When I read about the “shift in B2B Marketing” one of the bigger trends is that the customer experience is finally bubbling to the top as a priority rather than an afterthought. Perhaps this is an easier focus for consumer businesses because they interact with customers on a more frequent basis. But, it’s very easy to get lost in our bubbles – no matter where you work (said the girl who works from the barn at the end of her driveway.) This is especially the case for companies who do not keep their target audience (customer) top of mind. And let’s face it, there are A LOT of distractions for companies out there. Product marketers focusing on the cool new features that everyone HAS to love; pressures from your investors or Wall Street asking you “What’s next?”; the sales team’s quarterly quota; the marketing team’s desire to explore video, and the list goes on and on and on and on. So let’s pause for a minute and take a look at why your company didn’t focus on the customer experience in the first place. There are many approaches to business you can rally behind, here are three approaches I’d like to talk about today:
- Is my product/service viable?
- Is my product/service feasible?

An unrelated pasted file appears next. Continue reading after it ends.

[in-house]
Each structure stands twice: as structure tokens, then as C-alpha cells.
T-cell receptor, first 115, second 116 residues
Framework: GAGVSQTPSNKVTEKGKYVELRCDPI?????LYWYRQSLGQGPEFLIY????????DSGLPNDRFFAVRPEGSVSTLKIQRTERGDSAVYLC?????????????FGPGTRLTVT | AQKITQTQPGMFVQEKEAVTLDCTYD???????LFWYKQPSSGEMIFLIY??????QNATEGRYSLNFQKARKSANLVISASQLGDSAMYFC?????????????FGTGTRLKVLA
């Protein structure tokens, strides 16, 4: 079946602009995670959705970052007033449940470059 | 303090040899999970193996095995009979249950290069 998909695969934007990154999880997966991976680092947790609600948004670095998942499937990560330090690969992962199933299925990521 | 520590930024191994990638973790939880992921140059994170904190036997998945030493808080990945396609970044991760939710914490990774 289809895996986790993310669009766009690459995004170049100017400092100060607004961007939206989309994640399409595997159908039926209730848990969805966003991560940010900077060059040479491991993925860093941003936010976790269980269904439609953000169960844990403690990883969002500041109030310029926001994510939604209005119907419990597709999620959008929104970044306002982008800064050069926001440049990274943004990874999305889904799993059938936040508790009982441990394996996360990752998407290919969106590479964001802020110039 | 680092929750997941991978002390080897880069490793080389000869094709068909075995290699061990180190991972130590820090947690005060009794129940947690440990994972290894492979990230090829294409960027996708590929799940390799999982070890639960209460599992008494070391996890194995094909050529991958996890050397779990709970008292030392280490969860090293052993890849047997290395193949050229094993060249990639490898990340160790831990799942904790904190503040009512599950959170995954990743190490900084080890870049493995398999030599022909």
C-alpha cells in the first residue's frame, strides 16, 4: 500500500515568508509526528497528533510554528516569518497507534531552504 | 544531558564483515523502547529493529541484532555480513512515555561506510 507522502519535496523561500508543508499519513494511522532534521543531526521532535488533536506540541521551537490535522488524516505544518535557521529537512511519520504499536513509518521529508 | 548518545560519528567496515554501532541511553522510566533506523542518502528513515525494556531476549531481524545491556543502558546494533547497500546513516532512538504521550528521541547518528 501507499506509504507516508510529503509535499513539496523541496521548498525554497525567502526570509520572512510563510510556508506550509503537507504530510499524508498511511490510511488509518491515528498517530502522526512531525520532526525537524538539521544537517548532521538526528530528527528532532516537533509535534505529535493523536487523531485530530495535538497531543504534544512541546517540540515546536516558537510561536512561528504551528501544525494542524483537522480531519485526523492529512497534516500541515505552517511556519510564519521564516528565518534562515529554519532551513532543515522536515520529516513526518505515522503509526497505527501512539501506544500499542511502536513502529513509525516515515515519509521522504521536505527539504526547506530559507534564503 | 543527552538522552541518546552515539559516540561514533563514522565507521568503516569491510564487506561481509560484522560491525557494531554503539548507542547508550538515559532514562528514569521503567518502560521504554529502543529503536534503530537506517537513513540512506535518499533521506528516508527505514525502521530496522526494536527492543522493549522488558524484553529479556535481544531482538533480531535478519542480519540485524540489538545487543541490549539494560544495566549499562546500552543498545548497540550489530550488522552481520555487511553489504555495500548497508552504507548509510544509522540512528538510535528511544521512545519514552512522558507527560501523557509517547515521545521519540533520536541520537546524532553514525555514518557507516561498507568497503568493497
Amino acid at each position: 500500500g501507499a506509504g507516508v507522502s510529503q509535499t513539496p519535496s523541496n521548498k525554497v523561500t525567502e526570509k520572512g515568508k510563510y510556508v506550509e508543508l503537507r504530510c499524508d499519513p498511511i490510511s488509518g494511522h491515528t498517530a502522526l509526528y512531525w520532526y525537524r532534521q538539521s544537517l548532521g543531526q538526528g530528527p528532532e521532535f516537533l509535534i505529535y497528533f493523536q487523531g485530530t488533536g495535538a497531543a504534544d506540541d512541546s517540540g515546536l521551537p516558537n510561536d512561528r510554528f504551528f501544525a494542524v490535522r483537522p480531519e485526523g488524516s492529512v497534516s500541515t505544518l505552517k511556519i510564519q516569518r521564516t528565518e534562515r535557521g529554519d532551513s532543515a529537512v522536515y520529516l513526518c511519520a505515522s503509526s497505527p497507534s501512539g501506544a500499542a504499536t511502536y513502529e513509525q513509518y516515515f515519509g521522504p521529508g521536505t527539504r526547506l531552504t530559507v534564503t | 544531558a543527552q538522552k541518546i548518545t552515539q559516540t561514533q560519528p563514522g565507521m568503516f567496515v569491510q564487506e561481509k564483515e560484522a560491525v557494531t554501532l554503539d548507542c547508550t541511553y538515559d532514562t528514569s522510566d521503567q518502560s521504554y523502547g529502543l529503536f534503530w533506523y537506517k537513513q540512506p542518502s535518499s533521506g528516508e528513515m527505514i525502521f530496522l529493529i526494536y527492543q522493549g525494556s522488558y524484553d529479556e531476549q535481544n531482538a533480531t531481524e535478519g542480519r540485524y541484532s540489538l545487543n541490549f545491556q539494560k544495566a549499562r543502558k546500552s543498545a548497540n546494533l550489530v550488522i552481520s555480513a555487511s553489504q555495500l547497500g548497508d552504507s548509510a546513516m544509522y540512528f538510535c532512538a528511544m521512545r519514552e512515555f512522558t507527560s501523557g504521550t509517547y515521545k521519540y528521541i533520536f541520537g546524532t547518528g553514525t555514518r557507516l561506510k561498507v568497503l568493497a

- Is my product/service desirable?
As you may imagine, the first two approaches are focused on delivering something to market that very well may leave your target audience out of the picture altogether. Viability is centered around considerations such as: Is this a sustainable product? Is this a good business decision? What is my annual objective? How will I keep the board, my c-suite, and my investors interested? How do I structure my services? Feasibility is centered around technical considerations: How do we build this product? What are my expenses? Is this product already in existence? How do I differentiate my services? Desirability is all about solving a particular problem in the market. And this can provide extremely important ah-ha moments where you will be able to truly build relevant, desired products that are filling a need. Any one of these approaches on their own can obviously be detrimental to a company’s success. And the first two approaches will surely leave your customer experience at the bottom of your barrel. But by considering all three, you can focus on a particular need or problem you want to solve that will ideally produce an innovative product that is both sustainable (feasible) and achievable (viable). And this sets your company up to KEEP the customer experience top of mind throughout the entire customer relationship.
This model can work as an effective balance to any one department (product marketing, sales, marketing) stealing the show. This model helps you (1) work together towards common goals, and (2) remind each other of your dependencies. Remember, just because you have a credit card, does not mean you are done selling yourself. The experience exists for the entire relationship. This isn’t a new way of thinking – thanks to companies like IDEO, it’s been around for quite some time. But, as this shift to customer experience being king is well underway, it’s a good model to keep in mind. BUT what if I’m already in business? Don’t fret. You can work backwards. Are you able to dissect your company into this model? And if not, can you make changes to get yourself there?
*Image provided by IDEO.